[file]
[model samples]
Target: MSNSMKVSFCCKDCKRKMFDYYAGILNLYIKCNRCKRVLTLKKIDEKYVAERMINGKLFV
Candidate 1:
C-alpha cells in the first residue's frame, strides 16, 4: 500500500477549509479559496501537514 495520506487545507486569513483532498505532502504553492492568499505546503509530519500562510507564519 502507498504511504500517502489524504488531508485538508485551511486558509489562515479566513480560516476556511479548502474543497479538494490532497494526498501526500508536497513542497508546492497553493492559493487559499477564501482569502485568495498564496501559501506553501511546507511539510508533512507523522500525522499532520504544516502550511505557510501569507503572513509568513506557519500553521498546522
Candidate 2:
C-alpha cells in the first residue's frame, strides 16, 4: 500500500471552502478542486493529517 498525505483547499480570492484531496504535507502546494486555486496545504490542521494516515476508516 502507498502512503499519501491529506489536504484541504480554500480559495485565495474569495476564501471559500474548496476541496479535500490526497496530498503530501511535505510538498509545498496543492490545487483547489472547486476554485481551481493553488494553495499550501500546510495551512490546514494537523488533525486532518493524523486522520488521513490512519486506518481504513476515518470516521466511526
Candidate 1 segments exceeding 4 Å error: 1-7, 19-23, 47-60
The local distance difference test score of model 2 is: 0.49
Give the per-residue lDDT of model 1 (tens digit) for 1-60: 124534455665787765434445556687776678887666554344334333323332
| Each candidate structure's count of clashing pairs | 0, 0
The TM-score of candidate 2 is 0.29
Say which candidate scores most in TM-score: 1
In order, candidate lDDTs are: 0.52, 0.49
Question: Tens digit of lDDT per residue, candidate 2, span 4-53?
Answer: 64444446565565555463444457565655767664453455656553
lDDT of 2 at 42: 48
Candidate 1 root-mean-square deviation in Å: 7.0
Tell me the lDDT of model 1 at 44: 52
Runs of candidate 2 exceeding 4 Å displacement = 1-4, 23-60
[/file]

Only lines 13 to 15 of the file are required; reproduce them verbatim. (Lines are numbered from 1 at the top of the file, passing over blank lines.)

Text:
In order, candidate lDDTs are: 0.52, 0.49
Question: Tens digit of lDDT per residue, candidate 2, span 4-53?
Answer: 64444446565565555463444457565655767664453455656553